A Grantor Retained Annuity Trust (GRAT) is an irrevocable trust to which a donor transfers assets and retains the right to receive a fixed dollar amount (the annuity) from the trust for a specified period. At the end of the period, the property remaining in the trust passes to the designated beneficiary of the donor’s choice. The benefit of a GRAT is that any income and appreciation generated by the assets in the trust which are in excess of the annuity amount pass to designated beneficiaries free of income and gift taxes. The grantor’s interest in the assets is “frozen” at the annuity payments.
Tax and Other Benefits of a GRAT
Gift Tax Benefits
The transfer to a GRAT is a completed gift for gift tax purposes. However, the value of the gift of the remainder interest can be structured to be nearly zero. This is accomplished by adjusting the annuity rate and the term of the trust so that the present value of the retained annuity interest is equal to the property transferred to the trust.
Income Tax Ramifications
The GRAT is treated as a “grantor trust,” which means that the donor is taxed on income and realized gains on trust assets even if these amounts are greater than the trust’s annuity payments. This can have additional benefit as a wealth-shifting and estate-tax-savings device. The transferor is effectively allowed to make tax-free gifts of the income taxes that are really attributable to assets which will pass to the remainder beneficiaries of the trust.
The annuity amount must be paid to the donor on an annual basis. If the income earned on the trust assets is not sufficient to pay the annuity, principal must be used. There should be no income tax consequences from distributing principal.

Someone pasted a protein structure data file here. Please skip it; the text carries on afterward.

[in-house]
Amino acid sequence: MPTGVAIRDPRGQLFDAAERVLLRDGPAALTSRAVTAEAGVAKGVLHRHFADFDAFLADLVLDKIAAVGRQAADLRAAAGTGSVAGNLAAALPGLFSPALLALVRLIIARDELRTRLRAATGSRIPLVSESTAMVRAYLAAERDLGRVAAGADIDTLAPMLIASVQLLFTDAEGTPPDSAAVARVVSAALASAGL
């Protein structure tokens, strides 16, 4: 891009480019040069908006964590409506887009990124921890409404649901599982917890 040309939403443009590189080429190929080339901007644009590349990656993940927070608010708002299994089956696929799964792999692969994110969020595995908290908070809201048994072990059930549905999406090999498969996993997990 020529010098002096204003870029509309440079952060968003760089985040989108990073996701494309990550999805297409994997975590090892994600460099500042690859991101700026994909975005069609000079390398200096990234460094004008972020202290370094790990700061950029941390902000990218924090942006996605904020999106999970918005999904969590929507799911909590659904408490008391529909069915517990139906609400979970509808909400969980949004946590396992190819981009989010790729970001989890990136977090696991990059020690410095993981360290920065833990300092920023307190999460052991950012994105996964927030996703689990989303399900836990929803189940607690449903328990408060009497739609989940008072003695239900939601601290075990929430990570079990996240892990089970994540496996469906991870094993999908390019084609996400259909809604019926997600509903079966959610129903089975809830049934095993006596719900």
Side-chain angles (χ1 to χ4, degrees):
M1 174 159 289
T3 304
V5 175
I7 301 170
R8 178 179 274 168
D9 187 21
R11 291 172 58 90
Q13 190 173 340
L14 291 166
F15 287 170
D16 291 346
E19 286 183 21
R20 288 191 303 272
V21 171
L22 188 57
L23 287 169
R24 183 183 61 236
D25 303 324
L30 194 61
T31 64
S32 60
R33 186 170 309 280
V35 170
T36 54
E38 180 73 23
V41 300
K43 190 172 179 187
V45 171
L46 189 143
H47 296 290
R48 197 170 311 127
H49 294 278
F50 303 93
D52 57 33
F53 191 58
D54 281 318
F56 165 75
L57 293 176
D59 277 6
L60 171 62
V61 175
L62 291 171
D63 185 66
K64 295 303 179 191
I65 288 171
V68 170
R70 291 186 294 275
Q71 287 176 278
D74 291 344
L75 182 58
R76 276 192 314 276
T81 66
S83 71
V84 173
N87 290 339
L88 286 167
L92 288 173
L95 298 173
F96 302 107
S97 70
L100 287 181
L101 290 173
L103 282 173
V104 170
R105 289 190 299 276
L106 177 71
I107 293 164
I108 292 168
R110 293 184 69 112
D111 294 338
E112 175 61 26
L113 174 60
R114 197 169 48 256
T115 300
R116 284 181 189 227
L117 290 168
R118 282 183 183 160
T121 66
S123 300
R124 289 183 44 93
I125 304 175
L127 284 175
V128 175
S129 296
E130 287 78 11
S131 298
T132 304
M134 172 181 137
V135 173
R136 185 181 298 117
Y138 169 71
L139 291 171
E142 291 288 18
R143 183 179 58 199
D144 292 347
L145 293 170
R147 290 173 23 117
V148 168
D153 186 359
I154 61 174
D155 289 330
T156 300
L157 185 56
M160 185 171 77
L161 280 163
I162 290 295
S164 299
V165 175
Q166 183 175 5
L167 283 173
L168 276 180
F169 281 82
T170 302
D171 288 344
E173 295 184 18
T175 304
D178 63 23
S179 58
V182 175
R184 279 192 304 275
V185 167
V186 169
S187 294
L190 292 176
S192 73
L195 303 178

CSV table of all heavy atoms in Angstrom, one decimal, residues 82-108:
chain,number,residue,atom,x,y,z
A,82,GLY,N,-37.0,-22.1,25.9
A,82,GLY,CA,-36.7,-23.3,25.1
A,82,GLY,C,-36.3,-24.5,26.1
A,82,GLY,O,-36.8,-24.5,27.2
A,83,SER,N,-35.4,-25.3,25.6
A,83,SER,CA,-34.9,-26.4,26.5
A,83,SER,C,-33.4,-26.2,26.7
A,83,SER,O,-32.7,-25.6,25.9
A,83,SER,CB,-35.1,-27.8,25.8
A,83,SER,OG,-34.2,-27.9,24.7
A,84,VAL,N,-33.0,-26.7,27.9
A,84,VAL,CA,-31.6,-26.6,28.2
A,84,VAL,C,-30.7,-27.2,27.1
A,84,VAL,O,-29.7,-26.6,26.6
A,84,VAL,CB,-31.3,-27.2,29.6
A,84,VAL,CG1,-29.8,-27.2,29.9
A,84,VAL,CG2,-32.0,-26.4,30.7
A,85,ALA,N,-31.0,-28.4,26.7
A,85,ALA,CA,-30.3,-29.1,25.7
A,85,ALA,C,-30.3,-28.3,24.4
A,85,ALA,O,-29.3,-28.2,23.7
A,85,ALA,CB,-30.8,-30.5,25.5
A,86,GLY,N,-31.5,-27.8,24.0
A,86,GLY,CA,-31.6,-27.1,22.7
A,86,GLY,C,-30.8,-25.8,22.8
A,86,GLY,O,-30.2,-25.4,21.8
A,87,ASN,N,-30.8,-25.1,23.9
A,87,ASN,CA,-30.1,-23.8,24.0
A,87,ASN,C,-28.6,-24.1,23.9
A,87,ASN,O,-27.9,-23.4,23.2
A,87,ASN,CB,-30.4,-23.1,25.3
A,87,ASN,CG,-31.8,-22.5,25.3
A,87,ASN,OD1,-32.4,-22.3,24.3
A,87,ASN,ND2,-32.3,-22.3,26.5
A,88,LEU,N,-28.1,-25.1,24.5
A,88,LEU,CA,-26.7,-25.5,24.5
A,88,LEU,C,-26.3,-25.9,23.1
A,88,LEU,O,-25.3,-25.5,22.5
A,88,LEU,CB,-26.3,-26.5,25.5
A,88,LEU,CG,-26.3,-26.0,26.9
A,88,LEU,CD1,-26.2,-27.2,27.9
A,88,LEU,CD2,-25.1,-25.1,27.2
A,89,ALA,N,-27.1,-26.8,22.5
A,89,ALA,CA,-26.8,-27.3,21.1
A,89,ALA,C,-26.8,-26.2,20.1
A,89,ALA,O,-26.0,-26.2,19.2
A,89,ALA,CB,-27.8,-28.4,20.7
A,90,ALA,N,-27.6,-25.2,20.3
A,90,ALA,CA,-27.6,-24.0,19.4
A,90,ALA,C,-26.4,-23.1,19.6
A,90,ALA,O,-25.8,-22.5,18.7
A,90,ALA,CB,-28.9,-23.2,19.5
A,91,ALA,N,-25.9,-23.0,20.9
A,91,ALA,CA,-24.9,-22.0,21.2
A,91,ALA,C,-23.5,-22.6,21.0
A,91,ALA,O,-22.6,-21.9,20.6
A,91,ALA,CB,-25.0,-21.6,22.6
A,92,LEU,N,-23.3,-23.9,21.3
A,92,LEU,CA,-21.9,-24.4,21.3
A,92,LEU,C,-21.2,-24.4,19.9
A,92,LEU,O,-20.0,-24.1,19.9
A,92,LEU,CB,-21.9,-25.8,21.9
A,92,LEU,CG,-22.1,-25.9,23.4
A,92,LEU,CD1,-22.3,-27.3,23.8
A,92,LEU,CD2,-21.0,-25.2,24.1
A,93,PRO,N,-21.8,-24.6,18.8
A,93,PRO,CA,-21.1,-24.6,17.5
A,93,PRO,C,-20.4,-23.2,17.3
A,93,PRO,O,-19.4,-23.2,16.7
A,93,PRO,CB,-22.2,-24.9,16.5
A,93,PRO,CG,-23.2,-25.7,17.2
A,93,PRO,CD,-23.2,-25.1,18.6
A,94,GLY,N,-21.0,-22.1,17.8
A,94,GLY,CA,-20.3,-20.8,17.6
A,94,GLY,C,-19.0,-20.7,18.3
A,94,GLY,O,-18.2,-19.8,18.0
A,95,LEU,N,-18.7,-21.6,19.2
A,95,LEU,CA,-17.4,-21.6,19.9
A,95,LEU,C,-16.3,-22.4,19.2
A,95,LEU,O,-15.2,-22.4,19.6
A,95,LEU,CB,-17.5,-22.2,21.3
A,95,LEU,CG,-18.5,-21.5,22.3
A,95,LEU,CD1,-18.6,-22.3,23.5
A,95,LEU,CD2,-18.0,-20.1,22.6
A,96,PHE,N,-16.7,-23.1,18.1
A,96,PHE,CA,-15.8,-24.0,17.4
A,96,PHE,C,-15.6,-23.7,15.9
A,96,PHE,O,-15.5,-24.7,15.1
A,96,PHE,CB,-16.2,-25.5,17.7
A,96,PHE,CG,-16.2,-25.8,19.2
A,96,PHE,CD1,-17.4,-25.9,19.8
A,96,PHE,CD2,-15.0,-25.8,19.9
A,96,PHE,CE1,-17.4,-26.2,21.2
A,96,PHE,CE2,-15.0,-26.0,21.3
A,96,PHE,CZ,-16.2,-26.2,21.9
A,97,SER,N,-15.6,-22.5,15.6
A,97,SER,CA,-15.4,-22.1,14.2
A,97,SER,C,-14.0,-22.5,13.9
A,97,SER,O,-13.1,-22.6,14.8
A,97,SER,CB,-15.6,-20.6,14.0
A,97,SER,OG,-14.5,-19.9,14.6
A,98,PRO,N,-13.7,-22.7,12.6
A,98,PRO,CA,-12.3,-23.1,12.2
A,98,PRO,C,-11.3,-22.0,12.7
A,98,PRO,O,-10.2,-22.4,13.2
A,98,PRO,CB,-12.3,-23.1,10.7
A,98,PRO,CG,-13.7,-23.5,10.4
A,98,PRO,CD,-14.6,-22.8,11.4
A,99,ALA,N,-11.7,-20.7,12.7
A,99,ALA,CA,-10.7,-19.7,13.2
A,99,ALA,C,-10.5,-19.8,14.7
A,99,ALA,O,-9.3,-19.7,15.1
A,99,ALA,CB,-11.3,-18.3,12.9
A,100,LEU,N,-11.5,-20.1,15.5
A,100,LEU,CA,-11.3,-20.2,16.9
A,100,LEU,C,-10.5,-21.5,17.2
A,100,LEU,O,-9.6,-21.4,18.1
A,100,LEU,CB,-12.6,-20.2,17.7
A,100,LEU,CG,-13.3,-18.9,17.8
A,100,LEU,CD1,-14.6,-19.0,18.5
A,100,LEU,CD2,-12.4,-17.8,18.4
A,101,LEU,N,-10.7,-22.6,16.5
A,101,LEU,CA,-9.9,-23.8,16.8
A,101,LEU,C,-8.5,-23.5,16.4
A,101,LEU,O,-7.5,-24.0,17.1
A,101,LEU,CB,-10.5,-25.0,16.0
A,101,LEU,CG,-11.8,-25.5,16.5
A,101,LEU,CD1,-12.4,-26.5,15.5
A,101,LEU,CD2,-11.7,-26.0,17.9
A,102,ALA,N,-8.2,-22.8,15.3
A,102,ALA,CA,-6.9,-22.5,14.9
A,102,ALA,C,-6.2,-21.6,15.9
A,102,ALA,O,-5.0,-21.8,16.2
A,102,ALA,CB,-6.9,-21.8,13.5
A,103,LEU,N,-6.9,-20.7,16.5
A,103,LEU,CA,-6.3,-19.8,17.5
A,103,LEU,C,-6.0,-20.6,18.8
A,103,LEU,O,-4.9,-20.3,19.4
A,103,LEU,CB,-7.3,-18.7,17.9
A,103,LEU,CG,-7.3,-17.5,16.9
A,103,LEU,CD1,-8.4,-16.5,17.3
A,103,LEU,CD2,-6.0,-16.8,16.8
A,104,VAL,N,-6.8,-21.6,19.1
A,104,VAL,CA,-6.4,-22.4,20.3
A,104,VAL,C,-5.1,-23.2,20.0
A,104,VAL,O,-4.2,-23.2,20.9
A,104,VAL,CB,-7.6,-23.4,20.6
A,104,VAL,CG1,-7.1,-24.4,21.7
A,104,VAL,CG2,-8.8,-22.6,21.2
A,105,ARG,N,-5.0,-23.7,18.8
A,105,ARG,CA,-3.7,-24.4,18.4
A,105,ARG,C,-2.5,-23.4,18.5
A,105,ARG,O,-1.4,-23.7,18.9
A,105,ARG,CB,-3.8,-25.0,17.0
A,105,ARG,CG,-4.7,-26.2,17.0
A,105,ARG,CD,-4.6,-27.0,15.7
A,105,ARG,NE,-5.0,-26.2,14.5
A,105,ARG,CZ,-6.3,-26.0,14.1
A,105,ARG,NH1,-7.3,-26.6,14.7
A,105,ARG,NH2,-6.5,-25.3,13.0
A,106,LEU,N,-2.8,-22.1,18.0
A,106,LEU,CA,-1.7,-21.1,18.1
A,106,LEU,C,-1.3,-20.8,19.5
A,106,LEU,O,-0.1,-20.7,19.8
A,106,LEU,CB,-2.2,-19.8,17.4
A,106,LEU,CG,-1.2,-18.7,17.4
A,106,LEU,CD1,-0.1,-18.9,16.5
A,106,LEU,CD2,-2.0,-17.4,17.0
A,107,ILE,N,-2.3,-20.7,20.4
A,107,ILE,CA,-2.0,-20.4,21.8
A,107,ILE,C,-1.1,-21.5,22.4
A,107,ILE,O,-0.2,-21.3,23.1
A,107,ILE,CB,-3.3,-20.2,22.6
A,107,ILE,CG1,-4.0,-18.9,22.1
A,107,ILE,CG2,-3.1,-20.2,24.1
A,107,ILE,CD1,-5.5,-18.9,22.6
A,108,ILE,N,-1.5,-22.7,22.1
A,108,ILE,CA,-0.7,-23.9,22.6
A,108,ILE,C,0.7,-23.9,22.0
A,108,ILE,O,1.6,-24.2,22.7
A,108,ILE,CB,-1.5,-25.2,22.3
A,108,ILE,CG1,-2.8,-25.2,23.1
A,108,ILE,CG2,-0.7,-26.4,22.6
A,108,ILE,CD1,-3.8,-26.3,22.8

At the end of the trust term and the payment of the annuity amount to the grantor, any remaining trust property will be paid to the grantor’s children or to trusts for their benefit. If the cumulative return generated by the trust assets (principal growth plus income) has exceeded the annuity payments, there should be assets to distribute. For a short-term GRAT, there should be an expectancy of larger returns to warrant having the GRAT. Because the transfer to the trust is a completed gift for gift tax purposes when created and since the grantor will have paid tax on all trust income earned before termination, the distribution to the children at the termination of the trust should be free of any gift or income tax.
If the grantor dies before the end of the trust term, a portion or all of the trust will be included in the grantor’s estate for estate tax purposes, in which case no estate tax benefit will have been achieved for that includable portion.
B|O|S maintains an estate planning glossary that further defines many of the terms used in this memo. If you wish to receive a copy of the glossary, please contact a member of your dedicated service team.
Updated January 2018
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